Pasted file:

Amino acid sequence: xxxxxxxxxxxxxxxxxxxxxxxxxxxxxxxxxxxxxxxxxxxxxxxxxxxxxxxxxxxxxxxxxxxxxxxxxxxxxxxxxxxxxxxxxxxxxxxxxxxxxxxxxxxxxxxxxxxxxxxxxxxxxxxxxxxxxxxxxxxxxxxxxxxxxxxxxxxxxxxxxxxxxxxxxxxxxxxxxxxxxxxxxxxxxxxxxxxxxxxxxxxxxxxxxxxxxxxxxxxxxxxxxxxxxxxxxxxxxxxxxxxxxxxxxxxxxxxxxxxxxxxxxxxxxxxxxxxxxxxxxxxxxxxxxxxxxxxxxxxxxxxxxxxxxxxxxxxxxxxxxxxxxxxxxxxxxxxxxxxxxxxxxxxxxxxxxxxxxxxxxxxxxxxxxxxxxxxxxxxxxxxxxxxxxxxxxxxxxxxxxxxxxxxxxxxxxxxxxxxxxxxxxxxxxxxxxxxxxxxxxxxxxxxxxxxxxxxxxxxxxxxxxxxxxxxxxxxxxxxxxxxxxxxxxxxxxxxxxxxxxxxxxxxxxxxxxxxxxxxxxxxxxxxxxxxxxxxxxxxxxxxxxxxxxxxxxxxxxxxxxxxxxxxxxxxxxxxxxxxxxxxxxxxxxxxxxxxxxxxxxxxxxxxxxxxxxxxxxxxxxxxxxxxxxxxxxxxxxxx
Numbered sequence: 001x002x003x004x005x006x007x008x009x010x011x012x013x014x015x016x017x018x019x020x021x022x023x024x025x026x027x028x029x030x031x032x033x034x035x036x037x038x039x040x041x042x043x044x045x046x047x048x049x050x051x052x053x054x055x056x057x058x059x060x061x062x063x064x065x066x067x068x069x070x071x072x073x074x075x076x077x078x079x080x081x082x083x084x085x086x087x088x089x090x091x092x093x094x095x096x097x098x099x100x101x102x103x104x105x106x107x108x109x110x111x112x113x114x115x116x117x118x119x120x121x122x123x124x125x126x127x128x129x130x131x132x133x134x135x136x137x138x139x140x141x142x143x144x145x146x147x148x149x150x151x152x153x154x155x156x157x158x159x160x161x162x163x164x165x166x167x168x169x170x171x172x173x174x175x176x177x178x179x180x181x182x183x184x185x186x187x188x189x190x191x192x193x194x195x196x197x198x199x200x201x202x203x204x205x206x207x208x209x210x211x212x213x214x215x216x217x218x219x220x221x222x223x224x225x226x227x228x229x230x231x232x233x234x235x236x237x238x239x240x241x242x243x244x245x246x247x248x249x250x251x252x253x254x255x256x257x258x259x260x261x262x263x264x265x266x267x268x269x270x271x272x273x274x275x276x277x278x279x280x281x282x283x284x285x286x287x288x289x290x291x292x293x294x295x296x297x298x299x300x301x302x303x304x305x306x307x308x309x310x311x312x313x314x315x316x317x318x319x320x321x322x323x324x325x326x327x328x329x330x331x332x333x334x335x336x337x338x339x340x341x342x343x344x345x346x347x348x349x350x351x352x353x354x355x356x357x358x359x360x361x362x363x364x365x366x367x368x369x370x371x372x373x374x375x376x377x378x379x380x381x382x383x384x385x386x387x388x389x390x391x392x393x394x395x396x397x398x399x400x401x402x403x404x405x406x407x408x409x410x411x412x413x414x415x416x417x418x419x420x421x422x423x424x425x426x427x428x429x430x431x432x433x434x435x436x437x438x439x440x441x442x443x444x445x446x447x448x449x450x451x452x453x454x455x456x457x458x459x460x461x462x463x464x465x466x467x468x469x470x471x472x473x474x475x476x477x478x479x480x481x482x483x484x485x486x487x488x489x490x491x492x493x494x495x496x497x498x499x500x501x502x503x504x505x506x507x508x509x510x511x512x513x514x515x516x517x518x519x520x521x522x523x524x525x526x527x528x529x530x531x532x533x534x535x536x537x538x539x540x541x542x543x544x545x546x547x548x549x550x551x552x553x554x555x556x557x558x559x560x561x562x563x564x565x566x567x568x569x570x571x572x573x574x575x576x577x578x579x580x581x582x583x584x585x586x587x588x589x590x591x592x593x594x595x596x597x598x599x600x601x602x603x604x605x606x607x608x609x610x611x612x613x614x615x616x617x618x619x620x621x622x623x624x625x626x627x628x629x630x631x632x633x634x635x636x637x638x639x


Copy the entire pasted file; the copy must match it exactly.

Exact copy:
Amino acid sequence: xxxxxxxxxxxxxxxxxxxxxxxxxxxxxxxxxxxxxxxxxxxxxxxxxxxxxxxxxxxxxxxxxxxxxxxxxxxxxxxxxxxxxxxxxxxxxxxxxxxxxxxxxxxxxxxxxxxxxxxxxxxxxxxxxxxxxxxxxxxxxxxxxxxxxxxxxxxxxxxxxxxxxxxxxxxxxxxxxxxxxxxxxxxxxxxxxxxxxxxxxxxxxxxxxxxxxxxxxxxxxxxxxxxxxxxxxxxxxxxxxxxxxxxxxxxxxxxxxxxxxxxxxxxxxxxxxxxxxxxxxxxxxxxxxxxxxxxxxxxxxxxxxxxxxxxxxxxxxxxxxxxxxxxxxxxxxxxxxxxxxxxxxxxxxxxxxxxxxxxxxxxxxxxxxxxxxxxxxxxxxxxxxxxxxxxxxxxxxxxxxxxxxxxxxxxxxxxxxxxxxxxxxxxxxxxxxxxxxxxxxxxxxxxxxxxxxxxxxxxxxxxxxxxxxxxxxxxxxxxxxxxxxxxxxxxxxxxxxxxxxxxxxxxxxxxxxxxxxxxxxxxxxxxxxxxxxxxxxxxxxxxxxxxxxxxxxxxxxxxxxxxxxxxxxxxxxxxxxxxxxxxxxxxxxxxxxxxxxxxxxxxxxxxxxxxxxxxxxxxxxxxxxxxxxxxxxxxxxxx
Numbered sequence: 001x002x003x004x005x006x007x008x009x010x011x012x013x014x015x016x017x018x019x020x021x022x023x024x025x026x027x028x029x030x031x032x033x034x035x036x037x038x039x040x041x042x043x044x045x046x047x048x049x050x051x052x053x054x055x056x057x058x059x060x061x062x063x064x065x066x067x068x069x070x071x072x073x074x075x076x077x078x079x080x081x082x083x084x085x086x087x088x089x090x091x092x093x094x095x096x097x098x099x100x101x102x103x104x105x106x107x108x109x110x111x112x113x114x115x116x117x118x119x120x121x122x123x124x125x126x127x128x129x130x131x132x133x134x135x136x137x138x139x140x141x142x143x144x145x146x147x148x149x150x151x152x153x154x155x156x157x158x159x160x161x162x163x164x165x166x167x168x169x170x171x172x173x174x175x176x177x178x179x180x181x182x183x184x185x186x187x188x189x190x191x192x193x194x195x196x197x198x199x200x201x202x203x204x205x206x207x208x209x210x211x212x213x214x215x216x217x218x219x220x221x222x223x224x225x226x227x228x229x230x231x232x233x234x235x236x237x238x239x240x241x242x243x244x245x246x247x248x249x250x251x252x253x254x255x256x257x258x259x260x261x262x263x264x265x266x267x268x269x270x271x272x273x274x275x276x277x278x279x280x281x282x283x284x285x286x287x288x289x290x291x292x293x294x295x296x297x298x299x300x301x302x303x304x305x306x307x308x309x310x311x312x313x314x315x316x317x318x319x320x321x322x323x324x325x326x327x328x329x330x331x332x333x334x335x336x337x338x339x340x341x342x343x344x345x346x347x348x349x350x351x352x353x354x355x356x357x358x359x360x361x362x363x364x365x366x367x368x369x370x371x372x373x374x375x376x377x378x379x380x381x382x383x384x385x386x387x388x389x390x391x392x393x394x395x396x397x398x399x400x401x402x403x404x405x406x407x408x409x410x411x412x413x414x415x416x417x418x419x420x421x422x423x424x425x426x427x428x429x430x431x432x433x434x435x436x437x438x439x440x441x442x443x444x445x446x447x448x449x450x451x452x453x454x455x456x457x458x459x460x461x462x463x464x465x466x467x468x469x470x471x472x473x474x475x476x477x478x479x480x481x482x483x484x485x486x487x488x489x490x491x492x493x494x495x496x497x498x499x500x501x502x503x504x505x506x507x508x509x510x511x512x513x514x515x516x517x518x519x520x521x522x523x524x525x526x527x528x529x530x531x532x533x534x535x536x537x538x539x540x541x542x543x544x545x546x547x548x549x550x551x552x553x554x555x556x557x558x559x560x561x562x563x564x565x566x567x568x569x570x571x572x573x574x575x576x577x578x579x580x581x582x583x584x585x586x587x588x589x590x591x592x593x594x595x596x597x598x599x600x601x602x603x604x605x606x607x608x609x610x611x612x613x614x615x616x617x618x619x620x621x622x623x624x625x626x627x628x629x630x631x632x633x634x635x636x637x638x639x